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How to Avoid the Top 10 Nursing Pitfalls

Posted on January 25th, 2013 by | 8 views

As a pregnant or new mother, you might be concerned about making enough milk for your babe. The following 10 nursing pitfalls are among the most common reasons for milk supply difficulties. Knowing what they are and how to avoid them will help you lay a strong foundation for a successful breastfeeding experience.

Pitfall #1: Latch Problems

One of the most common causes of low milk production in the early weeks is poor attachment to the breast. When baby latches too shallowly, he doesn't have enough breast in his mouth to effectively draw out milk. Less milk is removed, and the breast responds by cutting back on production. The good news is that correcting the problem is often relatively easy. If you aren't able to fix it on your own, the problem could be related to baby's ability to suck effectively and may require the help of a lactation consultant.

 Pitfall #2: Hormonal Birth Control

"Combination" birth control pills containing forms of both estrogen and progesterone can significantly decrease milk production. Newer "minipills" are estrogen-free and better for nursing mothers, but a small number of women still experience a drop in supply. Similar problems have happened with patch and subdermal implant birth control, and a case of low supply related to a hormonal intrauterine device (IUD) has been reported. Depo-Provera, a long-acting injectable hormonal birth control, poses more serious problems because it lasts for three months and cannot be reversed; the best option is to try milk-increasing herbs to counter the effect. Waiting three months or longer after birth to use hormonal birth control will reduce the risk of problems. 

Pitfall #3: Herbs

Just as there are herbs that may help increase milk production, others seem to decrease it. Parsley is considered to have lactation-suppressing properties in large amounts, such as in a dish like tabbouleh. Peppermint and sage are reputed to decrease production when consumed in large or concentrated amounts. Frequent brushing with toothpaste containing real mint oil or even eating potent mint candies has caused trouble for some mothers. Fortunately, most of these herbs don't cause problems unless they are consumed regularly or in large amounts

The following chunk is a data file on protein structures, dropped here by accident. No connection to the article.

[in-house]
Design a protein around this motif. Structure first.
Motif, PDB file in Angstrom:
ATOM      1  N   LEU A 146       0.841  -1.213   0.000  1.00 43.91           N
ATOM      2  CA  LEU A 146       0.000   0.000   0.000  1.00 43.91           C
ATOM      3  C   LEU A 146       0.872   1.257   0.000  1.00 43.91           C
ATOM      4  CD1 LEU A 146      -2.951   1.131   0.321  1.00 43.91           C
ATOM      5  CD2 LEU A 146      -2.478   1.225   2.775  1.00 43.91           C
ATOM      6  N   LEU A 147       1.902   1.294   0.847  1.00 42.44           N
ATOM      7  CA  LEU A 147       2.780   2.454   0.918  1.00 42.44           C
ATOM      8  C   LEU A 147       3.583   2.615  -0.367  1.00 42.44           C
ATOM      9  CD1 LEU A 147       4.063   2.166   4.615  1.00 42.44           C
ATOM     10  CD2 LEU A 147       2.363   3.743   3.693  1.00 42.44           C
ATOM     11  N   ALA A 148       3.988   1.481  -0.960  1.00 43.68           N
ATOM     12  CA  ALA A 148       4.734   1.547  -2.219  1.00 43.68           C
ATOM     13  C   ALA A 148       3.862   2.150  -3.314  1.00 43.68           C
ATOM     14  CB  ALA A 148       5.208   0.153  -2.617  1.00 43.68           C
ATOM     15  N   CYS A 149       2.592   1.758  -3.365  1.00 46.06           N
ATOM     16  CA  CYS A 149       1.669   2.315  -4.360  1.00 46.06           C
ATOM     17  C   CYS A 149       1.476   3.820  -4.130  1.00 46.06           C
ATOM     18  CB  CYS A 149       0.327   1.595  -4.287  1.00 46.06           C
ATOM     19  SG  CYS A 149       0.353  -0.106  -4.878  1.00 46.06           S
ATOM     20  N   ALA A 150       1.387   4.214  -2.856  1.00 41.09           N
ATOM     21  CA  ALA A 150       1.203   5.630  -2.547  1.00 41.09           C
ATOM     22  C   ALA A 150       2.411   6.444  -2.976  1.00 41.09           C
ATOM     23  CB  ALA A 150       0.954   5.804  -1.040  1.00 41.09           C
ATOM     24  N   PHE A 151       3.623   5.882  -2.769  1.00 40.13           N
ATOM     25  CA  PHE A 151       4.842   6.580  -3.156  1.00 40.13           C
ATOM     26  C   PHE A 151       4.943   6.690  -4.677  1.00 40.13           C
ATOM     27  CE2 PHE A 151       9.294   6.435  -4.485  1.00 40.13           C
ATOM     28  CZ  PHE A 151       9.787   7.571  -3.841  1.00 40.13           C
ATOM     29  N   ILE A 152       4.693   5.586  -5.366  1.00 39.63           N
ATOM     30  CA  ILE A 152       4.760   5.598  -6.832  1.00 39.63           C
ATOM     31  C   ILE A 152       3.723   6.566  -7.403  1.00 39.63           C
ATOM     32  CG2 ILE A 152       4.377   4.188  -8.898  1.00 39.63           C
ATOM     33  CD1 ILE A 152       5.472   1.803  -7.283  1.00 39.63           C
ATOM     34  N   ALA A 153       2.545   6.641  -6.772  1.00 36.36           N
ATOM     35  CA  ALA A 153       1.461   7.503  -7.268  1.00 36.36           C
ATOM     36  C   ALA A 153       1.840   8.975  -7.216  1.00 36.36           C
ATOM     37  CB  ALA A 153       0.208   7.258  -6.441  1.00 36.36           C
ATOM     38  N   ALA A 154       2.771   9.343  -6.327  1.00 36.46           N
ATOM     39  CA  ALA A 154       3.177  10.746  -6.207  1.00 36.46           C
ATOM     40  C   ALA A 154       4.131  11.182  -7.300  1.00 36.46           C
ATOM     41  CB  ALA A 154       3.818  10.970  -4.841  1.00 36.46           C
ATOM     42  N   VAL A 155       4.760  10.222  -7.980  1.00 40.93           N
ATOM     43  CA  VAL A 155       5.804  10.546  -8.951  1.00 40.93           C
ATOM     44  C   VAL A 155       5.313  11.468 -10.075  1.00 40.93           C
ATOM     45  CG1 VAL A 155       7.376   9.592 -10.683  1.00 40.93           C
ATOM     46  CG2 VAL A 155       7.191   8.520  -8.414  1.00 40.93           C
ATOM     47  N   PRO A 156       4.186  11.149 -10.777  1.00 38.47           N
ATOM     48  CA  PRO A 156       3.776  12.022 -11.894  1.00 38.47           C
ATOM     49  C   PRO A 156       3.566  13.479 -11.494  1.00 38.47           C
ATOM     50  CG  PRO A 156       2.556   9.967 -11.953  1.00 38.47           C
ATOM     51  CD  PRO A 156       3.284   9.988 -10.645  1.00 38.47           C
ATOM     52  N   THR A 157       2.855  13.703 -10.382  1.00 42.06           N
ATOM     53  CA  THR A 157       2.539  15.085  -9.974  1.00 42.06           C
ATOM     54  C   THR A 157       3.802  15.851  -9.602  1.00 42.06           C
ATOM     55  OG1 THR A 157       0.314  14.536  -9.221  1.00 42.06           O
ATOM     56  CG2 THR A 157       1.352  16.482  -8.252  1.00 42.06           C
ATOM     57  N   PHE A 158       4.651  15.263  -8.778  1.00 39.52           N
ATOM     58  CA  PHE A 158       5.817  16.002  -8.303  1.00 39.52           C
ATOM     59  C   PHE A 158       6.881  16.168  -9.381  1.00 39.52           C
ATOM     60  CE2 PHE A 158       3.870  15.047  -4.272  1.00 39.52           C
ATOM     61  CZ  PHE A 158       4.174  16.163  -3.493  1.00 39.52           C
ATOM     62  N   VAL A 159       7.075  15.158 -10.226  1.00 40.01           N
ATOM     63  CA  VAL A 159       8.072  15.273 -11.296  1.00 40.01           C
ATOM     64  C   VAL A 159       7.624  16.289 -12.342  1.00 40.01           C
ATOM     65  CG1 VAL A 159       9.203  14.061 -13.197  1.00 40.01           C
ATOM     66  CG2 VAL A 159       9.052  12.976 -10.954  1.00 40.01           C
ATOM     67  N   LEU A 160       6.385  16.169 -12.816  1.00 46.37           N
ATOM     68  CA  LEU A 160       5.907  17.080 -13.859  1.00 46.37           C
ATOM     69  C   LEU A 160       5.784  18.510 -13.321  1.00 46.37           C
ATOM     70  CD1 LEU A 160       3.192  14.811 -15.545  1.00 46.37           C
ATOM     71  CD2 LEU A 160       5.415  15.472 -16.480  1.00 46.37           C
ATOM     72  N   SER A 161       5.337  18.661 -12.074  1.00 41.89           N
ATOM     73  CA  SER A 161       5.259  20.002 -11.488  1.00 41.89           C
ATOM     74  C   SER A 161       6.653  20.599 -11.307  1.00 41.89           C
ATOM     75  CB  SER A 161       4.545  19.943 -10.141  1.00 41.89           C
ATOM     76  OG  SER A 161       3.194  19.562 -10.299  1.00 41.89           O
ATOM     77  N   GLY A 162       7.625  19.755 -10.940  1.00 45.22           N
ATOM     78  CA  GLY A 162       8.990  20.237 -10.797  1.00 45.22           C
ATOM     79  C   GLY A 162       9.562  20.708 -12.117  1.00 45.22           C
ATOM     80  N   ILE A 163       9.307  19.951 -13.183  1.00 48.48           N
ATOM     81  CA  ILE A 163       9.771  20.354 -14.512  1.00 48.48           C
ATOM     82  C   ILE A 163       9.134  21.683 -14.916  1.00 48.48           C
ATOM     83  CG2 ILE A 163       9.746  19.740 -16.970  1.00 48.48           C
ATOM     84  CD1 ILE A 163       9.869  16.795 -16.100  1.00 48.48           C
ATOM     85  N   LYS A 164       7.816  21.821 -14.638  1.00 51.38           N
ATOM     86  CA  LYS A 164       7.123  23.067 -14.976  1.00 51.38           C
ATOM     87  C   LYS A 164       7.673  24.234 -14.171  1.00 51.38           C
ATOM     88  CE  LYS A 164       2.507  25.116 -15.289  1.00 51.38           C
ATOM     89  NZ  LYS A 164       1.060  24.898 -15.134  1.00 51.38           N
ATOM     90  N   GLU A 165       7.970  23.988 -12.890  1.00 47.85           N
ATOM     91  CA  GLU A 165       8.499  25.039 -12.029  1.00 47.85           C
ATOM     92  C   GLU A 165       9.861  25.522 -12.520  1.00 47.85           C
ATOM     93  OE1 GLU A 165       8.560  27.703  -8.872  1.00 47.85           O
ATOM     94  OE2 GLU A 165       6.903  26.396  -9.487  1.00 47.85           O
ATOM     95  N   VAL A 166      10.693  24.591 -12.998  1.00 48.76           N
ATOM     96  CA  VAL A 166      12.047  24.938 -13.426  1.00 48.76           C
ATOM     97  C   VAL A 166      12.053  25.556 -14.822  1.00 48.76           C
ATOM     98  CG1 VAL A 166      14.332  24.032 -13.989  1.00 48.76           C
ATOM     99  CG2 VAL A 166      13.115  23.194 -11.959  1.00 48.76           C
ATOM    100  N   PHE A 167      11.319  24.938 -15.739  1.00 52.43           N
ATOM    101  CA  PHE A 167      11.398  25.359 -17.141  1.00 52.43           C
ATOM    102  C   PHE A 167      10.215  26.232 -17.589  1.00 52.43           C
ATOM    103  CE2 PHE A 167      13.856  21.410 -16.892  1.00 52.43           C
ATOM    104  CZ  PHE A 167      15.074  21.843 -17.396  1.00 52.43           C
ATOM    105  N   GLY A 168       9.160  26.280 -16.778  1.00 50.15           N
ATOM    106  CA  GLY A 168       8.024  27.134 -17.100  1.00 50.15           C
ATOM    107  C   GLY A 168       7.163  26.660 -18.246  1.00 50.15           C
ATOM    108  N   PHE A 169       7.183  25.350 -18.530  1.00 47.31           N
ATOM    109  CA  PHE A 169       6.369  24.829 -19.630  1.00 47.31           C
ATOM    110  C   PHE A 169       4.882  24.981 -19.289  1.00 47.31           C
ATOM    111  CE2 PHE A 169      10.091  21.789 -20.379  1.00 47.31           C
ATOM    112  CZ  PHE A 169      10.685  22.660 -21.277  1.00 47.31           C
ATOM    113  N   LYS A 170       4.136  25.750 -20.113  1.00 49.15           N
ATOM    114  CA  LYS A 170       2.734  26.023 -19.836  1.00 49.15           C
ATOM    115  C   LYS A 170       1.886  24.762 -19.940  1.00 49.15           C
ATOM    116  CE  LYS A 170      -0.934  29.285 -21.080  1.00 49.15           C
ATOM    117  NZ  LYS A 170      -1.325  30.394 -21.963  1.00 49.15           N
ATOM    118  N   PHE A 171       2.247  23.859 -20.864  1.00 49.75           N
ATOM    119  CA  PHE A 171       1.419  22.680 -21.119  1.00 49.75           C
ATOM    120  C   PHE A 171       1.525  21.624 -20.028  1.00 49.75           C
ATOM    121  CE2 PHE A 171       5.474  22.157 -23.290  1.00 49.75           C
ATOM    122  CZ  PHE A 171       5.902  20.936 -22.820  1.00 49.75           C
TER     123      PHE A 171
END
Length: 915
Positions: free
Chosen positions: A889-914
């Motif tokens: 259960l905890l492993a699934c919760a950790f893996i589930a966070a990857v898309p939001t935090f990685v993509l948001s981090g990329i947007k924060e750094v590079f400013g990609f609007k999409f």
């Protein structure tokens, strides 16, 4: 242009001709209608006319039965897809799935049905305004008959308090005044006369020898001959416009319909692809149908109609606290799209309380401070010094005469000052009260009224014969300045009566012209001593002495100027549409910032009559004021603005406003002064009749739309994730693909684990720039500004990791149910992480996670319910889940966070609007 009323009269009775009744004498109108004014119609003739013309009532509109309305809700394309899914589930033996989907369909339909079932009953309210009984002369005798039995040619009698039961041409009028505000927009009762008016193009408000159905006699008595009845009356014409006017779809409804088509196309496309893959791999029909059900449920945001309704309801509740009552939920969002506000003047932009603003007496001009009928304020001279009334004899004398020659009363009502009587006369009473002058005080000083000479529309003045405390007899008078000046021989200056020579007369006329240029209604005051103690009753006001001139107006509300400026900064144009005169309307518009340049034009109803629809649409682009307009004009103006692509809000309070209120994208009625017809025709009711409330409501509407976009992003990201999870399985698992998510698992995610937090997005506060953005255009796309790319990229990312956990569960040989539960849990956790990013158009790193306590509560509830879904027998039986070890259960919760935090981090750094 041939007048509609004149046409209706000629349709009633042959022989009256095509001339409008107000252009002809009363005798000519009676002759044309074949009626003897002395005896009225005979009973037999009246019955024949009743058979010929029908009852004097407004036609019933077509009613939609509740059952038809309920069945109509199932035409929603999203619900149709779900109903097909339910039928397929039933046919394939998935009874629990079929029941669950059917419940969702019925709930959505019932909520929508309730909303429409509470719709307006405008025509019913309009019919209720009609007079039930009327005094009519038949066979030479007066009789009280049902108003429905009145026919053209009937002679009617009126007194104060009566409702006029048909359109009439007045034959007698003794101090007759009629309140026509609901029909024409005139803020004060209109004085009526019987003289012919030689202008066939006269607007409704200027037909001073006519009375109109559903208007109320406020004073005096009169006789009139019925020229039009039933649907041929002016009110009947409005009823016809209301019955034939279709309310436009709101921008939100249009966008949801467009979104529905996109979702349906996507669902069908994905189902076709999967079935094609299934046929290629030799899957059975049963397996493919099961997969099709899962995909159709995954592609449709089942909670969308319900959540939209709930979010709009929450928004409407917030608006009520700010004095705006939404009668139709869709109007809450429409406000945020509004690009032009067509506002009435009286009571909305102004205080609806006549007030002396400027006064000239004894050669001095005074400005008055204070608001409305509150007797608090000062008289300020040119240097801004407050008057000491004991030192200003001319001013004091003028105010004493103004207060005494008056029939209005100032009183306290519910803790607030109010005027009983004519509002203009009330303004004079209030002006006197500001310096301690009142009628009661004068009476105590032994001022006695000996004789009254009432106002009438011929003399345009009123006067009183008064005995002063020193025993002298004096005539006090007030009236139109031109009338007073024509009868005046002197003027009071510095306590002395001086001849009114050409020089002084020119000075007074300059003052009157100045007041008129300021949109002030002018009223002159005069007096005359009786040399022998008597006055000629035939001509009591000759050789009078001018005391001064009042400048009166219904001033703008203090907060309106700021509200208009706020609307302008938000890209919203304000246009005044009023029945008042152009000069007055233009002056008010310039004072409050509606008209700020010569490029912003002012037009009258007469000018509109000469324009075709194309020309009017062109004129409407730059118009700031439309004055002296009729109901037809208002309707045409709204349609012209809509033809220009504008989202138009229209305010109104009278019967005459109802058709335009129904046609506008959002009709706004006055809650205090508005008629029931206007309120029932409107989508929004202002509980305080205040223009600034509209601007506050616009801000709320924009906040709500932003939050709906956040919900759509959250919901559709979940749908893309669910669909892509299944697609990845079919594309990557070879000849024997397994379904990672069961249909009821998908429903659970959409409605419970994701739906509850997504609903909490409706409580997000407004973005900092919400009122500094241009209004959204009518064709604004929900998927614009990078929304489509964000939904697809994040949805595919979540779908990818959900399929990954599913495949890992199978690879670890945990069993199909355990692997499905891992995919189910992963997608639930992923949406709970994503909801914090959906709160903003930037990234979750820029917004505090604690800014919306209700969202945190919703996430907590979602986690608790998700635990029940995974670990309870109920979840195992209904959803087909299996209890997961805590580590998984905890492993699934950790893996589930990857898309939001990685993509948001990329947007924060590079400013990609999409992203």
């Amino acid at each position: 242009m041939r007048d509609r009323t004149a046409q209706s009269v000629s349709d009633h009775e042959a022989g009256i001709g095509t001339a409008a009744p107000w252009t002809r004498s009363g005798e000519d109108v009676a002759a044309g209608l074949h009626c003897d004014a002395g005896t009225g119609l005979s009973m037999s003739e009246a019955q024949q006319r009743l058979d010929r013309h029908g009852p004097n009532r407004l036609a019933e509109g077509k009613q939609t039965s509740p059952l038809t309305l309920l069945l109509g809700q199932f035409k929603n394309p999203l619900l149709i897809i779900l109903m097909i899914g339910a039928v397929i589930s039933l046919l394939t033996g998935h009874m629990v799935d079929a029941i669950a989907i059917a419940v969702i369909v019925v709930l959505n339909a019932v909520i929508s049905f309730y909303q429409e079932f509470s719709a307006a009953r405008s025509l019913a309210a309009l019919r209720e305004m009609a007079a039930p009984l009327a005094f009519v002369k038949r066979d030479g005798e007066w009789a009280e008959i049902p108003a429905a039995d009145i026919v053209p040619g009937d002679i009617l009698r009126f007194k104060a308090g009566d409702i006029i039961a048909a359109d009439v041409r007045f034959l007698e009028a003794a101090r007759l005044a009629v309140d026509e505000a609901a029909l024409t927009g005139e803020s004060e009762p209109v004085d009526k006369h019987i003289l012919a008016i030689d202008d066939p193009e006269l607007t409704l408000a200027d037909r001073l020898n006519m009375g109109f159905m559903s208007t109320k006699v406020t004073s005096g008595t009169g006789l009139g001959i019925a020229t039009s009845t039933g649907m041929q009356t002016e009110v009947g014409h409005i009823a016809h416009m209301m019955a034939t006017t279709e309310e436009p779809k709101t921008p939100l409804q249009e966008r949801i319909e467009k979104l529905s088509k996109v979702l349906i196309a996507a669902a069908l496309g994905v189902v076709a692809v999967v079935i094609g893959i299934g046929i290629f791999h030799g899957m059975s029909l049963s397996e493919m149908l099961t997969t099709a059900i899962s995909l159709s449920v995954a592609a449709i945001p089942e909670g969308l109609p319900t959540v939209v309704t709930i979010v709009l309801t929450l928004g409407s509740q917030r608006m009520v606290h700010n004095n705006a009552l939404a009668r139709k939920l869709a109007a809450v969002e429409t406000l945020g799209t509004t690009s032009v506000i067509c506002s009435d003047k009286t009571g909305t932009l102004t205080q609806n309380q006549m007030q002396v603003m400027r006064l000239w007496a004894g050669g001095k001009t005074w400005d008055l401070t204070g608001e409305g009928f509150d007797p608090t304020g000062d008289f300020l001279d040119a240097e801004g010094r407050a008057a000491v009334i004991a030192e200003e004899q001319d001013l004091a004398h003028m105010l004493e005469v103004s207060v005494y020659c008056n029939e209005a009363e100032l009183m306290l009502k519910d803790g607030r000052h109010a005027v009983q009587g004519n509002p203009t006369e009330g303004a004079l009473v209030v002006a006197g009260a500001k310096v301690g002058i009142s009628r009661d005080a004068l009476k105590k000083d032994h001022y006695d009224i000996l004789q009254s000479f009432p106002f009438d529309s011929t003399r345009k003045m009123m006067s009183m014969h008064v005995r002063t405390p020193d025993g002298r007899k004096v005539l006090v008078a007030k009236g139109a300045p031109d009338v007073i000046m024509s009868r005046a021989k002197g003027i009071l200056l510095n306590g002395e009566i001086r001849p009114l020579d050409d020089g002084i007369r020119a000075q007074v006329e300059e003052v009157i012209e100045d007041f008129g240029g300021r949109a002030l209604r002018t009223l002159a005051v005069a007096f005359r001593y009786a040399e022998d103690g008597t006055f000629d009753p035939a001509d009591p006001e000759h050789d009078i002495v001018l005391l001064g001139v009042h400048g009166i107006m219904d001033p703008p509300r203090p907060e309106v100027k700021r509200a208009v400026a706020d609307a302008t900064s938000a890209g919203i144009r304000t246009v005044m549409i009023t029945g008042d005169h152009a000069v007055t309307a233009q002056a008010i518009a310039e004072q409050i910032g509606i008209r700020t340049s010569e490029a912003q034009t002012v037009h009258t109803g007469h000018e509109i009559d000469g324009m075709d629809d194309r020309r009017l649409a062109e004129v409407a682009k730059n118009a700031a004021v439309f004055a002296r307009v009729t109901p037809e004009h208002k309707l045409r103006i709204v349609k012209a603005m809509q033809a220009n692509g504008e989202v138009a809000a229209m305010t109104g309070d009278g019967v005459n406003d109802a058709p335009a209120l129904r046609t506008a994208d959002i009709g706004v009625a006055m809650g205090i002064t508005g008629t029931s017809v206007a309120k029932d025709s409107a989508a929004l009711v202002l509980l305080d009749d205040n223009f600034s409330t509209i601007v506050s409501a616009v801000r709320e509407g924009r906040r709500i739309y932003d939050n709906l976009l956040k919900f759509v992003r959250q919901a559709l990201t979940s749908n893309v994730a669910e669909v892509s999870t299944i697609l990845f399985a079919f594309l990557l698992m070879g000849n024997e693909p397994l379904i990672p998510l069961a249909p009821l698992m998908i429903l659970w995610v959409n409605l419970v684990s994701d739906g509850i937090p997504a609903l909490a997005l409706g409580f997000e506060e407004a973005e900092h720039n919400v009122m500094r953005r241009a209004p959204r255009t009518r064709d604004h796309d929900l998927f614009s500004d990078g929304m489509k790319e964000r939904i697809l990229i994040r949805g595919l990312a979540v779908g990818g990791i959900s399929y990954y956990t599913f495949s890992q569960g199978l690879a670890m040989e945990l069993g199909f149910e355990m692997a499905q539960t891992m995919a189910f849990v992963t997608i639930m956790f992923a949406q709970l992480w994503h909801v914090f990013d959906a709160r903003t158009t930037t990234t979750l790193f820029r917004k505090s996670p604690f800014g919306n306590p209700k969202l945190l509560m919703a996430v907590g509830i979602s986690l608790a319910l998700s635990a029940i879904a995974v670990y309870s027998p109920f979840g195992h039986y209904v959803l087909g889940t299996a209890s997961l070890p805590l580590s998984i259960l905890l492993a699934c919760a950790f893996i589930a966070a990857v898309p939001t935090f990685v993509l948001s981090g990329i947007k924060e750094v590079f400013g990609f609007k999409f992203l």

Pitfall #4: Alcohol

Alcohol inhibits both the milk ejection reflex and milk production, especially when taken in large amounts. Even a single beer or glass of wine can disrupt the balance of lactation hormones. While the immediate effects of alcohol on milk production and delivery last only as long as the alcohol is in your system, chronic alcohol use has the potential to lower your milk supply overall.

Pitfall #5: Outside Interferences

Some mothers facing a medical procedure, drugs, or hospitalization are told that they can't nurse for a period of time. To make matters worse, little or no guidance is provided on how to maintain production, and by the time breastfeeding is "allowed" again, milk supply is damaged. Educating yourself on the facts is your best defense, and regular pumping is your backup. Dr. Thomas Hale's book, Medications and Mothers' Milk (updated biannually), is an excellent safety reference.

Pitfall #6: The Sleepy Newborn

Excessive sleepiness has several possible causes. A newborn may be drowsy after delivery because of medications given to you during labor. The effects may be brief, or they can linger for several days. During this time, lots of skin-to-skin contact can help stimulate your baby and trigger his nursing instincts.